Afterwards, Jim and I were discussing the difficulties of transitioning to Agile and Agile marketing. He made the good point, that there seem to be two different approaches to the organizational change necessary to implement agile practices. You can either go all in, or you can try to ease your way in.

Going all in means, taking the time to get full buy in from the executives and hiring a coach to guide the transition.

The other option is to easy your way in. Don't even use the words "agile" or "sprint" and certainly don't post up a manifesto! Rather, introduce one practice at a time and slowly reveal a better way of doing things.

My previous transitional effort was very much an attempt to ease the organization slowly into Agile. That experience led me to believe that it can't work. My conversation with Jim has me seeing it differently.

Organizational change is like moving a boulder

Introducing agile practices will only work if the processes aren't counter to the current culture. If the culture is in place, you're at the top of the hill. Simply apply a gentle amount of pressure; the boulder will gain speed on its own. Without the culture, you're in the wrong valley.  Outside help will be needed to help you get to the top of the hill and down the other side.

Where are you now?

If your culture already shares elements with the agile mindset, you can probably go with "easy does it". What does this culture look like?

- Shared accountability for delivering high quality products on time
- A collaborative approach between different disciplines
- A relatively flat structure
- Willingness to be wrong
- Adaptability

If most of these cultural elements are already in place, the processes will fit more easily.  Daily stand up meetings, visual task management and retrospectives won't go against the grain.  This allows you to make some small changes, demonstrate some easy wins and gain trust, before loudly declaring "WE'RE DOING AGILE NOW"!

If the culture you see around you doesn't so much look like that, you're not just looking at process changes, you're looking at cultural changes and culture comes from the top. In this case, you're better to focus on executing effectively under the status quo, building trust and slowly selling management on a better way of doing things. In this instance, you can benefit from the large volume of literature. The fact that "Agile" is becoming a buzz word can actually be your friend.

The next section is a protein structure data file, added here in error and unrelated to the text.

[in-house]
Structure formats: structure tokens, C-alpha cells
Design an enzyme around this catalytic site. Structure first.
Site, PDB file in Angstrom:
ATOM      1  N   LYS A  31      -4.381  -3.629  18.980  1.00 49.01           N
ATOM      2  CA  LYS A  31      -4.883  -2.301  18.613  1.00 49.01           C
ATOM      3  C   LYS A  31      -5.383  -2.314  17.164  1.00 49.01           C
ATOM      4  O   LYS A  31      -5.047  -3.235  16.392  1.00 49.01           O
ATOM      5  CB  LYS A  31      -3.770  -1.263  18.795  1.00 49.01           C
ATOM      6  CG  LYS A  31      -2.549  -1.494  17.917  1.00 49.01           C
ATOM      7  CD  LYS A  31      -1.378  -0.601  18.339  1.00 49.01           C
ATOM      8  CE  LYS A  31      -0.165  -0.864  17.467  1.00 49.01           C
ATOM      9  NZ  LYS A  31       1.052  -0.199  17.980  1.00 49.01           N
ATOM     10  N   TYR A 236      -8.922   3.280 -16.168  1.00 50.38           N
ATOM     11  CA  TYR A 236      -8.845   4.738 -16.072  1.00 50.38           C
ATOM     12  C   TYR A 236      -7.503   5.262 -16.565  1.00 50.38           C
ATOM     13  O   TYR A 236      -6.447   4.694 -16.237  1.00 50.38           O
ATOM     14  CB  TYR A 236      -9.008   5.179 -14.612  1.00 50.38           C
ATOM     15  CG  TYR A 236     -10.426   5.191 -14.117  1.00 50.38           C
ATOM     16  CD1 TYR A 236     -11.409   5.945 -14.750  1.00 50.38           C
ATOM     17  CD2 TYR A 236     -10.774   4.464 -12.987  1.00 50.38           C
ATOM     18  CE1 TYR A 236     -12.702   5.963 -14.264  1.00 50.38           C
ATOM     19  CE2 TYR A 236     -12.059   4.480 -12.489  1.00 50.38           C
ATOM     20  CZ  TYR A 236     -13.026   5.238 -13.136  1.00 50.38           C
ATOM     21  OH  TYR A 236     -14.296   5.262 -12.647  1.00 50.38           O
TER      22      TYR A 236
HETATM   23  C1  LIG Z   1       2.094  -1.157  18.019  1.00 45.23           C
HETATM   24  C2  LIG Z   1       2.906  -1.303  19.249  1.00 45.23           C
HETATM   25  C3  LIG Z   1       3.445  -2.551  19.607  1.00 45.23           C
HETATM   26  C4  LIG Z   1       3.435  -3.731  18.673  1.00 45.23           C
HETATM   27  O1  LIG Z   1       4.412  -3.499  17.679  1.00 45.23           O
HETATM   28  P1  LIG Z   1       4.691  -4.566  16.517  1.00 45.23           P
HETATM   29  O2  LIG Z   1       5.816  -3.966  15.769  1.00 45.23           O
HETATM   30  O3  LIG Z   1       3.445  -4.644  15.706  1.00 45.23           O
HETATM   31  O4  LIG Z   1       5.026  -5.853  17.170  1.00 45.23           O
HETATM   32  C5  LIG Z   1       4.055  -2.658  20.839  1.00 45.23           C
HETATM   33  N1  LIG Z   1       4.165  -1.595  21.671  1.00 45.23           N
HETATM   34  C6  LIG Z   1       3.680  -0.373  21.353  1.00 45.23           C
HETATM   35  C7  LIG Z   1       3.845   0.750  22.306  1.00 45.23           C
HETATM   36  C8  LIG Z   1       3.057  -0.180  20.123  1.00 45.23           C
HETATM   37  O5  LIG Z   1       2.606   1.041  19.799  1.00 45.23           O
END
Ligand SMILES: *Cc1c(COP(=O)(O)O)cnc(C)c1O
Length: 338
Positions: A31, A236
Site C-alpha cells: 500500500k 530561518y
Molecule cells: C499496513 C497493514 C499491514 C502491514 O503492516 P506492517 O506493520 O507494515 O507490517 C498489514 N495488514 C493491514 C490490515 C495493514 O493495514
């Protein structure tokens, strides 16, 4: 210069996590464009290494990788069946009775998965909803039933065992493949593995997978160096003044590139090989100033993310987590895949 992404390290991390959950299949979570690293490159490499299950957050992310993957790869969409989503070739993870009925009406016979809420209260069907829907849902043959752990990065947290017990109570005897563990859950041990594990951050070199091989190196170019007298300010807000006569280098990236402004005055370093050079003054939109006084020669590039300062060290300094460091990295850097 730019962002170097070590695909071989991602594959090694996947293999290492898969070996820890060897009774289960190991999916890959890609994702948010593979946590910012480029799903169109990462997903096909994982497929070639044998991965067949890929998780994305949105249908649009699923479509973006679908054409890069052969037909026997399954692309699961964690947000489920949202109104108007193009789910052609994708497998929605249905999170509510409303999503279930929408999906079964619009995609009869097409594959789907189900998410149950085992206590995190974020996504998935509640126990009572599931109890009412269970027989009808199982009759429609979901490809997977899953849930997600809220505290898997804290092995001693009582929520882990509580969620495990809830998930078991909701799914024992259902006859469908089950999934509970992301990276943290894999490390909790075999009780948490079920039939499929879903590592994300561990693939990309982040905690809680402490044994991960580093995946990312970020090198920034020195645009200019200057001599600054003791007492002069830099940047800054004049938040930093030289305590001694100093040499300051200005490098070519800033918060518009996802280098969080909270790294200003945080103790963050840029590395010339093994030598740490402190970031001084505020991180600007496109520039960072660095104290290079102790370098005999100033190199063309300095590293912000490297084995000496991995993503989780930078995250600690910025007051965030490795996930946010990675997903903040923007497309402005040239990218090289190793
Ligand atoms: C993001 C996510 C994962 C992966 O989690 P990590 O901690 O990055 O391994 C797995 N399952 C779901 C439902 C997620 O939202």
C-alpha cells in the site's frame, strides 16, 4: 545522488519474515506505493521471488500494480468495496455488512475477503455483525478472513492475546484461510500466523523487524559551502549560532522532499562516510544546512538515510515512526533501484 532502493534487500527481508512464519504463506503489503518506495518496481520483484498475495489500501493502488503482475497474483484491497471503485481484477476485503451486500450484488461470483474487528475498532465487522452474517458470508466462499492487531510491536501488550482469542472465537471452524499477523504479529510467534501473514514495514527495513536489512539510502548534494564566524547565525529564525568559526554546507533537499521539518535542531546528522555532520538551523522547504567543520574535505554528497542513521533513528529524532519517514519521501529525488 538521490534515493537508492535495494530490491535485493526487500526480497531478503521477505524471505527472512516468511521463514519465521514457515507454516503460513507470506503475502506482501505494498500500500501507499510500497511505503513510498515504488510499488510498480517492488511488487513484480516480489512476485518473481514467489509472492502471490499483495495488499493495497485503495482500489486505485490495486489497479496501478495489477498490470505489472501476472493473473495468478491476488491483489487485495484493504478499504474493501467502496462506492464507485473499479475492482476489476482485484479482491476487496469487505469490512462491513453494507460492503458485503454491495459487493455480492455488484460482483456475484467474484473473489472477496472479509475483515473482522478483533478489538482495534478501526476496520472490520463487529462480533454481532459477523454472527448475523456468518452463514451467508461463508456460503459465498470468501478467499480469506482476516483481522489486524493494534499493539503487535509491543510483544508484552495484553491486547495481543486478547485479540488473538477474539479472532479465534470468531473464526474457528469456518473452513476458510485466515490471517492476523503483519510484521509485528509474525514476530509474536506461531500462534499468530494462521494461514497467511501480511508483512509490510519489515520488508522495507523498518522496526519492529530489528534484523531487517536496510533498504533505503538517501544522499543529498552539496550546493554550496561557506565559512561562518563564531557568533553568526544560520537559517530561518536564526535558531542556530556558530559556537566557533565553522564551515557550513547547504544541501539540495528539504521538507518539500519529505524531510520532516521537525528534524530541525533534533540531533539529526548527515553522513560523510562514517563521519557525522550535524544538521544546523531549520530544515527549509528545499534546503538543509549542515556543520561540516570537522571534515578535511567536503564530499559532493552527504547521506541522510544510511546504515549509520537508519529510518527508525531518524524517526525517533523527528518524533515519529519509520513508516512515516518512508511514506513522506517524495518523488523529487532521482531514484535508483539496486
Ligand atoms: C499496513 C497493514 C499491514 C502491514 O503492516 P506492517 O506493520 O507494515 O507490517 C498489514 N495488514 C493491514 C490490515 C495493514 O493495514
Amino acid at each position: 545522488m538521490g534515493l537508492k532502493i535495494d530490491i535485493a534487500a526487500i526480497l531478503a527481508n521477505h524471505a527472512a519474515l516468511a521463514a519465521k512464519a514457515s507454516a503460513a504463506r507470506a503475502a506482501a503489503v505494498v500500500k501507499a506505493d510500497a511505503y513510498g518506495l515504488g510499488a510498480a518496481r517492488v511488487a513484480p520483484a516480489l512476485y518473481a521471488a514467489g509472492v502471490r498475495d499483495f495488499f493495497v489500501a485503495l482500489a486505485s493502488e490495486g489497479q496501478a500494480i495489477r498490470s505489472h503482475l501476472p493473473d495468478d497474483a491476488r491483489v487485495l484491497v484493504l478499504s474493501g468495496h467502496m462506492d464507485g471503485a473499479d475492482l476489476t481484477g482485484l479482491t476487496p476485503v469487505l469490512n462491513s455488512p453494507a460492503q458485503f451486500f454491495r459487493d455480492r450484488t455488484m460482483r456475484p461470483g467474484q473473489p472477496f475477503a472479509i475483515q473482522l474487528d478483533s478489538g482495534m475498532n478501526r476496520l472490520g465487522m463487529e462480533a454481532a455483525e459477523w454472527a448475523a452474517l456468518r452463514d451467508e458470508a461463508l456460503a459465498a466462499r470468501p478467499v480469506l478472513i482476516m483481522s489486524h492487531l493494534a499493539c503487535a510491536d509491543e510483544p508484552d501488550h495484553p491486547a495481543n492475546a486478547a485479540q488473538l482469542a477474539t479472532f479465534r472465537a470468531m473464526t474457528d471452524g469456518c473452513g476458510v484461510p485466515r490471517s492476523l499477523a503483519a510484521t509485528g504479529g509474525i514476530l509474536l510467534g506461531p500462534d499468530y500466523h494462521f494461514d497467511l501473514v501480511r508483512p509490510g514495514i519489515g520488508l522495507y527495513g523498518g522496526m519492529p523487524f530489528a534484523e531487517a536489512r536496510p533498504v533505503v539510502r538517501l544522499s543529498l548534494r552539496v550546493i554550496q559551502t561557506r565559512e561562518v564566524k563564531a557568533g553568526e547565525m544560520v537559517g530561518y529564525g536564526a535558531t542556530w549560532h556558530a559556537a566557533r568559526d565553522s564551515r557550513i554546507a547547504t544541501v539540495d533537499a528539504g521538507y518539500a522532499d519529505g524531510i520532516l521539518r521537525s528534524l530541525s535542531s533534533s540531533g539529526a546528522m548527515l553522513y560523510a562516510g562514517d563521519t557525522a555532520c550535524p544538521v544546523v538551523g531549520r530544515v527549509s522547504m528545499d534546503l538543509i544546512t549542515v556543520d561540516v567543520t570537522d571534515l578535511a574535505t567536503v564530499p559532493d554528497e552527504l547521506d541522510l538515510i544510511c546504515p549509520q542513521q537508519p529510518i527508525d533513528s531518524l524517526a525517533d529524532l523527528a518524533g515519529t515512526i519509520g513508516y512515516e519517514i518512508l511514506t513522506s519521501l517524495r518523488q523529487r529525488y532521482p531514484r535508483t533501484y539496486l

In this case, hiring an outside consultant is probably what's required to signal to the team the intention to change how people interact. Outside energy (the right outside energy) can also inject some enthusiasm around the possibility of a better way of doing things.

photo credit: cobalt123 via cc


Wednesday, May 15, 2013

5 ways to lose your job by "going agile"

 Yes, this is written from personal experience. With previous employer, I went to bat for the benefits of Agile project management. Though leaving was not a direct result of that effort, the relationship capital that I spent had a huge impact on my ability to add value. Eventually, I was clearly unhappy, they were clearly unhappy and we fairly amicably went our separate ways.

That said, the remainder of this post won't be written it in the first person. Doing so would  introduce too much of my own biases. Also, some of these points are slightly exaggerated from the actual occurrence so don't assume I'm as dumb as all that. 

I hope is that these hard-won lessons can be helpful to you in creating the change you want to see in your organization.  Regardless of  who you are or where you work, either as a project manager or team member;  in a large enterprise or a small consulting shop, in digital marketing or software development, I bet there's at least one pitfall I can help you avoid.

1. Complain about the current system

If you’re laboring under something like waterfall, or  a basic lack of project management processes, you can probably see that the grass is greener on the Agile side. If you're really antsy about it, you’ve probably read tons of great material at or maybe, and you know that things could be better.

Awesome, you are almost undeniably correct. But so what?